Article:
Morgan Riedl

Even though they can’t vote, many international students at Miami University are paying just as close attention as their citizen peers.

Miami’s international students are well informed about this election, according to Richard Little, special assistant to the provost. Little assists with providing academic support to and programming for Miami’s international students.

“From the little bit of traveling I did overseas, I think people would be surprised how many people watch (the election),” Little said. “I think that runs true for the students here.”

Because Miami has about 550 international students now, Little said it is hard to characterize them as a whole.

Still, Little said many students seem to wonder if America will really elect an African-American president.

“It’s not taking sides, they just wonder if it’s going to be possible,” he said.

Senior Jerry Van Hove, originally from Belgium, has been following this election closely because the issues hit close to home.

“I live in America now, so I’ve been Americanized,” Van Hove said. “I don’t have plans to go back to Belgium and I’m going to get my citizenship eventually.”

Van Hove said he finds Obama’s nomination and the U.S. election process intriguing.

“This election is pretty historic with Barack Obama being the first black man to get the nomination,” he said.

Hannah Thomas, a junior from Singapore, has also been following the election closely.

“I think it’s really interesting watching American elections because where I’m from, we don’t have choices like that,” she said.

Pekka Pihlajamaki, an international student from Finland, said that because the United States is a dominant player in the international arena, this election is being closely watched overseas.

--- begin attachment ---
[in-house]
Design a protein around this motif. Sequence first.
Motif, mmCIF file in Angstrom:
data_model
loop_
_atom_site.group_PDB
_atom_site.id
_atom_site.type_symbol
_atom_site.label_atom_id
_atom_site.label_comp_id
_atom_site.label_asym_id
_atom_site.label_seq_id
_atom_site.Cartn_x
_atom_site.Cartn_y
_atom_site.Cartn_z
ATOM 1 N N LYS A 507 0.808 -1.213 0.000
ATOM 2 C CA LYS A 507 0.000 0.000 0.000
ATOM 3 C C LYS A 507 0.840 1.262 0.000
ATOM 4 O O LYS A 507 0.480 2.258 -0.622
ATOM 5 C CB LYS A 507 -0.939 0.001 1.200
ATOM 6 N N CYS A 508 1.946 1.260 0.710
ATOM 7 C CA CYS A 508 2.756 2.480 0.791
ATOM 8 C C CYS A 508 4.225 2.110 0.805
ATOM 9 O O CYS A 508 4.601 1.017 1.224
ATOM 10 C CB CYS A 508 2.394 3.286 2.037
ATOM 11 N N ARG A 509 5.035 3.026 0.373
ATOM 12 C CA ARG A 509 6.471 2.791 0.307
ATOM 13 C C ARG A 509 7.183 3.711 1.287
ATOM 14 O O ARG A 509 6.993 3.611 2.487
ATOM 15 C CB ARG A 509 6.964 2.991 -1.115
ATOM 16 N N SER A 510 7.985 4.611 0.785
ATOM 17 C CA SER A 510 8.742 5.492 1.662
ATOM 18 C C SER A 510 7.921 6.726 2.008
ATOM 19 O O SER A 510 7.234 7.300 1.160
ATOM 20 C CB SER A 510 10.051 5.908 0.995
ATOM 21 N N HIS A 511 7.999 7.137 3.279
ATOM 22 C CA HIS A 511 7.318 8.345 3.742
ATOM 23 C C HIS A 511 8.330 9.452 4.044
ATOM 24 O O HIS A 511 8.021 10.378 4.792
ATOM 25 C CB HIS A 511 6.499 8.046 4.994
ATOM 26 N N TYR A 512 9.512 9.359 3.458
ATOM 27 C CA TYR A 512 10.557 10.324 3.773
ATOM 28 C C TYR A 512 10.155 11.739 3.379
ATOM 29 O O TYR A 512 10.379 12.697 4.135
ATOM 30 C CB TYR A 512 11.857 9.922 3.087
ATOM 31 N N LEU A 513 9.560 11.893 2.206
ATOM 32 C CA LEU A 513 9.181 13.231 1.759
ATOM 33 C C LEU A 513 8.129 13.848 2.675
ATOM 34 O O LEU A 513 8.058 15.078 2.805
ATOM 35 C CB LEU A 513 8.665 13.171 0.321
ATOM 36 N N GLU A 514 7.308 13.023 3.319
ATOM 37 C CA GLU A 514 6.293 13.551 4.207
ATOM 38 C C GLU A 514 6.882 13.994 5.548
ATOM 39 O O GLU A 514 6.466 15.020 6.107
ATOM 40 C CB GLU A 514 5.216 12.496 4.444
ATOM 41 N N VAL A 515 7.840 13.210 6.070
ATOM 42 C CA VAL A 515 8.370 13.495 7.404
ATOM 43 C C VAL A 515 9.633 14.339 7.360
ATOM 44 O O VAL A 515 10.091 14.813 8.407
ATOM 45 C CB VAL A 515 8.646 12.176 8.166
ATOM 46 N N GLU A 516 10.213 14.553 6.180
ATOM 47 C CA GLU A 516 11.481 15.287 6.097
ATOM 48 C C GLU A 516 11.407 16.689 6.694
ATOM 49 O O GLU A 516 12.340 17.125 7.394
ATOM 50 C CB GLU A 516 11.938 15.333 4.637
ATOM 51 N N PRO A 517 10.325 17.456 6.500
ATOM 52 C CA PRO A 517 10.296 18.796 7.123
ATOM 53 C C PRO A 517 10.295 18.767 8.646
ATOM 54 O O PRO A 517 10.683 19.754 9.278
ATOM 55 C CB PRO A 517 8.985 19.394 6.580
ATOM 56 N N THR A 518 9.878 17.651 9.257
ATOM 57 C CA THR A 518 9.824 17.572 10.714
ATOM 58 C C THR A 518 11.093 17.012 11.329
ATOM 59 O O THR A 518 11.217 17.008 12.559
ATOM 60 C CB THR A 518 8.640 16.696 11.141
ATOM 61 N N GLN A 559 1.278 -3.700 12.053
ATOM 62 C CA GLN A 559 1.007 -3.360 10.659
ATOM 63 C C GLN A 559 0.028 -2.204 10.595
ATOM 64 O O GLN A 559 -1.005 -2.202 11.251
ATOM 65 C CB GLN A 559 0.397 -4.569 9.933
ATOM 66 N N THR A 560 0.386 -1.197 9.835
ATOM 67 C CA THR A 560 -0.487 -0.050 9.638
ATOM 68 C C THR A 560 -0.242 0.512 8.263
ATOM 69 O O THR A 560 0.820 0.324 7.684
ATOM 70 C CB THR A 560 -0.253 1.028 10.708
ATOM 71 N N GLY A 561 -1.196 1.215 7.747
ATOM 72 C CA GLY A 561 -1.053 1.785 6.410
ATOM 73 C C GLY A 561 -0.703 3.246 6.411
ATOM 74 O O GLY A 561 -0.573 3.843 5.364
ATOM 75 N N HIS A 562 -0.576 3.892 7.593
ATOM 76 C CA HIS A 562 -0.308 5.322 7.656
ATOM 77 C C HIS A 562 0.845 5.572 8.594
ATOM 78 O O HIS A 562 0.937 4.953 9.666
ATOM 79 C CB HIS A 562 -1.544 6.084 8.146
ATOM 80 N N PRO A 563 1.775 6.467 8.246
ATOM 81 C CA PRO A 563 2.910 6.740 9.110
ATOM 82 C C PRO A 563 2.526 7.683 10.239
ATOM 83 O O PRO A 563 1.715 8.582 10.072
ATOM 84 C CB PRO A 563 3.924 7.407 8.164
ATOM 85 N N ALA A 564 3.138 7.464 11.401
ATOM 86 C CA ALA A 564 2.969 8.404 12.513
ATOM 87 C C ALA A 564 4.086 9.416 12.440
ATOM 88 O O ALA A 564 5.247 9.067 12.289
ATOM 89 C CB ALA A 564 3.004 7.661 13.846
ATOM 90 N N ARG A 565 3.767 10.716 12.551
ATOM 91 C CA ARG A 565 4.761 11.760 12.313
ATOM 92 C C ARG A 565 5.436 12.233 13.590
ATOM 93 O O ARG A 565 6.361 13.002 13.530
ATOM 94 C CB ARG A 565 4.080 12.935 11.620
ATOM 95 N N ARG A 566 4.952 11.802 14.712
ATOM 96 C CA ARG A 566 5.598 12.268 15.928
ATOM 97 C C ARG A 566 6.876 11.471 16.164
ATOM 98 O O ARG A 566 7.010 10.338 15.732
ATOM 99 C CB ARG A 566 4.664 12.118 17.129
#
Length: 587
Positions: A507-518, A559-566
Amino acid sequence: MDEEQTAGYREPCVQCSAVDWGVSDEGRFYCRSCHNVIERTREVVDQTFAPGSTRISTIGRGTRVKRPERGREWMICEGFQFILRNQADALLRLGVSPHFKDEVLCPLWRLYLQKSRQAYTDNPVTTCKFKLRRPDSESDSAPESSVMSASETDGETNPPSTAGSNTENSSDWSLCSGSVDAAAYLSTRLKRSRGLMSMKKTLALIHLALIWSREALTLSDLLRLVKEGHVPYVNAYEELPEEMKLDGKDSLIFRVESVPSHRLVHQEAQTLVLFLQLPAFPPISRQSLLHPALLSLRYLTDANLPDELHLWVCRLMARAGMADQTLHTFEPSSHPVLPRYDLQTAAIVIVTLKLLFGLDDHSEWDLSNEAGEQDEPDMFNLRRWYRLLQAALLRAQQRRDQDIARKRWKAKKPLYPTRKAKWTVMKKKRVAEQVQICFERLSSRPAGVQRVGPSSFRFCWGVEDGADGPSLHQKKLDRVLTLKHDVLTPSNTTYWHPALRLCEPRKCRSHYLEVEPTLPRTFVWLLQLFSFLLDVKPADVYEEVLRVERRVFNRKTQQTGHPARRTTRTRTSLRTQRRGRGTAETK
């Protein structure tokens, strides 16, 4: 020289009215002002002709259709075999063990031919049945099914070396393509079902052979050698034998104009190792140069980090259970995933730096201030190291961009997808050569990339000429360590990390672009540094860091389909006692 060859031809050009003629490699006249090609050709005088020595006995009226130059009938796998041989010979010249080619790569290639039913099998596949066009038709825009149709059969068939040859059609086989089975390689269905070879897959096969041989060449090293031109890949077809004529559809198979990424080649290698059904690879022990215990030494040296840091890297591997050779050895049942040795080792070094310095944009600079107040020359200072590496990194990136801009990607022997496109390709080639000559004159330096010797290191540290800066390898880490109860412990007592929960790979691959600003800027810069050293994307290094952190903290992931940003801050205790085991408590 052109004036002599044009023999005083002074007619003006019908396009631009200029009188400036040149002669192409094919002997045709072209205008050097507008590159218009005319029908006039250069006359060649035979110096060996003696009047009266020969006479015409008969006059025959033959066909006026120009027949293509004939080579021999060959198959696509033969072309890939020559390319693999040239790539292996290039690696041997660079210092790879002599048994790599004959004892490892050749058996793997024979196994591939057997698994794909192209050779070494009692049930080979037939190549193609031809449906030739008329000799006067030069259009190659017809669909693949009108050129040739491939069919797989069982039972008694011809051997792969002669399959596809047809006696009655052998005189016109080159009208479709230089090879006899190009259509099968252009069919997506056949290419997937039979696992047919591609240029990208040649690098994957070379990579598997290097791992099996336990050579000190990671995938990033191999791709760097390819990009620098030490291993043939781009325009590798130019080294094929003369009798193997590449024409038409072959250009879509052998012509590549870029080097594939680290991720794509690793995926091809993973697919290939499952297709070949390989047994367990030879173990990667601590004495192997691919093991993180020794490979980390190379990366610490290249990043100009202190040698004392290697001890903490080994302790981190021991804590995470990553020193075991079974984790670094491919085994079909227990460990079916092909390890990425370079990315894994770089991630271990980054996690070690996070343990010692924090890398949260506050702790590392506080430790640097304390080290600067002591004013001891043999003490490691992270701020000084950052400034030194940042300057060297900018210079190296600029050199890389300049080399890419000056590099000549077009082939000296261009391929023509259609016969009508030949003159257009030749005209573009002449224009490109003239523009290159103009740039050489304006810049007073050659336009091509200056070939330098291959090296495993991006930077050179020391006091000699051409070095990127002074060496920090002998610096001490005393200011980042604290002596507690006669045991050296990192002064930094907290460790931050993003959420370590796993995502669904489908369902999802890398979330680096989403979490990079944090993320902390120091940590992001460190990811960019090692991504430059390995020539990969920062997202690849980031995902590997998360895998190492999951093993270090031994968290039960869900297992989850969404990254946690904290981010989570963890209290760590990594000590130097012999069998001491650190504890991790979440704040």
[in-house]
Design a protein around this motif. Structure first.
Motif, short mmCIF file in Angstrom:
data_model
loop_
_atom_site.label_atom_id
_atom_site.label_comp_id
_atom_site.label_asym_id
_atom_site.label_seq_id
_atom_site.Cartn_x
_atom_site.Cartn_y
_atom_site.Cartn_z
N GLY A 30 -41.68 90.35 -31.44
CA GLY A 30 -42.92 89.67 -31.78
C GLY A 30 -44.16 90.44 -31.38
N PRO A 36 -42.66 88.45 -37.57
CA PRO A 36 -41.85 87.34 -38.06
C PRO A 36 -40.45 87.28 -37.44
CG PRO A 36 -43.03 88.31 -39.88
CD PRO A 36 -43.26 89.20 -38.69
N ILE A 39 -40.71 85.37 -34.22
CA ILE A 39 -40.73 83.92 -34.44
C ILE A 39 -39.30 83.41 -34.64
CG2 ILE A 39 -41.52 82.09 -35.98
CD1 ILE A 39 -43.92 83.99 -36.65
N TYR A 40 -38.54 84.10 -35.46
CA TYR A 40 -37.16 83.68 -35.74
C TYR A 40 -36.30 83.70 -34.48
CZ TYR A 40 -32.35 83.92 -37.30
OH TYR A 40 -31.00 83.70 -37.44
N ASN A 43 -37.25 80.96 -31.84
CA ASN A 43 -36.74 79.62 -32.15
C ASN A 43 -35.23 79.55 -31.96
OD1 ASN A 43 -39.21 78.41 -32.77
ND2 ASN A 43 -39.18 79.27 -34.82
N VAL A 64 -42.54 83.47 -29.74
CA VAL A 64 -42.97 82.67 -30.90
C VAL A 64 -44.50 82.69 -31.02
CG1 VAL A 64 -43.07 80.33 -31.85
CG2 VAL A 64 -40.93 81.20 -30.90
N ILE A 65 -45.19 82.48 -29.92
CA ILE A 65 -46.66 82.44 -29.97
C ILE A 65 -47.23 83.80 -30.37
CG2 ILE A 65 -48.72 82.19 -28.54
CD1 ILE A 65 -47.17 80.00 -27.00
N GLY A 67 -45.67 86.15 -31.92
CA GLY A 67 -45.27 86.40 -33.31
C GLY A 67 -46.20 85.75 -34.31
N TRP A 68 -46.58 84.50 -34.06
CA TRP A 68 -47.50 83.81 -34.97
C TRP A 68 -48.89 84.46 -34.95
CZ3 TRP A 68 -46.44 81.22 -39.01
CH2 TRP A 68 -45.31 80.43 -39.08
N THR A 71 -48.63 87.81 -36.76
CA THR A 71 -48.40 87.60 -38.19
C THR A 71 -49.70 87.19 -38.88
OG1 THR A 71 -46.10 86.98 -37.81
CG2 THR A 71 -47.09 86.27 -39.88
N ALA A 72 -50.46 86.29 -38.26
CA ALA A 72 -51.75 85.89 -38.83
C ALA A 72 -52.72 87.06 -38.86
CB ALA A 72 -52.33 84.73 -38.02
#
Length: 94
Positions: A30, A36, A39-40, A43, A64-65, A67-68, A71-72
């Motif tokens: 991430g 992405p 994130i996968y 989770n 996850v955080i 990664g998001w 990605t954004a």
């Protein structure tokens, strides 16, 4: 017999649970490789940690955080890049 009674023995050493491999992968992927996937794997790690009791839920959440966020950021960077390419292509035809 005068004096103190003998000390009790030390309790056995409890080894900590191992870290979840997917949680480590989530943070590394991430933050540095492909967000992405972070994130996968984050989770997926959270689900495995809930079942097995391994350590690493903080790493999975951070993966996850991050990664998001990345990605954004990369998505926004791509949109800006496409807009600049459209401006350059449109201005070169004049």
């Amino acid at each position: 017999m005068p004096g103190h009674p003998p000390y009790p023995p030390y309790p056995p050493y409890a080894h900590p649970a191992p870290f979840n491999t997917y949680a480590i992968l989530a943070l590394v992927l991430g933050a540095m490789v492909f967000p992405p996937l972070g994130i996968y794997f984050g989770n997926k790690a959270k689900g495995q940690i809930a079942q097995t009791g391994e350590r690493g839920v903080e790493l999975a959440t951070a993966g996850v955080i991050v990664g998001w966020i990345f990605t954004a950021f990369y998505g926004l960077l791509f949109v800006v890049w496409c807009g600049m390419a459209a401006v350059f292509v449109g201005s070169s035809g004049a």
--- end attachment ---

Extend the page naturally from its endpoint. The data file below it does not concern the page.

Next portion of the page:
Pihlajamaki said he is critical of the campaigning and the amount of money spent on the process.

Thomas said she was surprised by the amount of money funneled into campaigning.

“On the one hand, I see how that can be beneficial, but I don’t know why so much money has to be involved,” she said.

However, Thomas said she was impressed by the amount of energy generated by the campaigns.

Van Hove also dislikes the campaigning he has seen.

“It’s been a lot more of ‘don’t vote for this person’ instead of ‘vote for me,'” he said. “I’d rather see them promoting themselves instead of slandering their opponent, which is every single ad I’ve seen on TV.”

Compared to Finland, Pihlajamaki said the U.S. presidential election is centered on the candidates’ ideologies rather than their past achievements.

“It’s a lot more show going on and it’s a lot more about image,” Pihlajamaki said.

Philajamaki said he doesn’t have a strong preference for either candidate, but would side with Obama if he had to choose, adding that Obama is popular at home.

However Thomas said she does not feel that either candidate is a particularly good choice.

“I feel like either candidate won’t be able to do much to fix the issues that have been brought up, like the economy and foreign policy,” she said.

While Thomas doesn’t support a particular candidate either, ideologically she favors McCain because of his free market policies.

“My society is very controlled (and) coming from that, I feel openness is important and working for what you get,” she said.

Thomas said that many of her friends support Obama because they think he presents a better face for America in foreign policy.

Unlike the other international students, Van Hove has a clear favorite.

“I support Barack Obama, but I can’t vote because I’m not a citizen,” he said. “My parents support Barack Obama. They can’t vote either, though.”

But regardless of who emerges victorious, international students and their fellow citizens overseas will be excited to see a new administration in power.

“I know that people really want Bush out of power back home,” Van Hove said.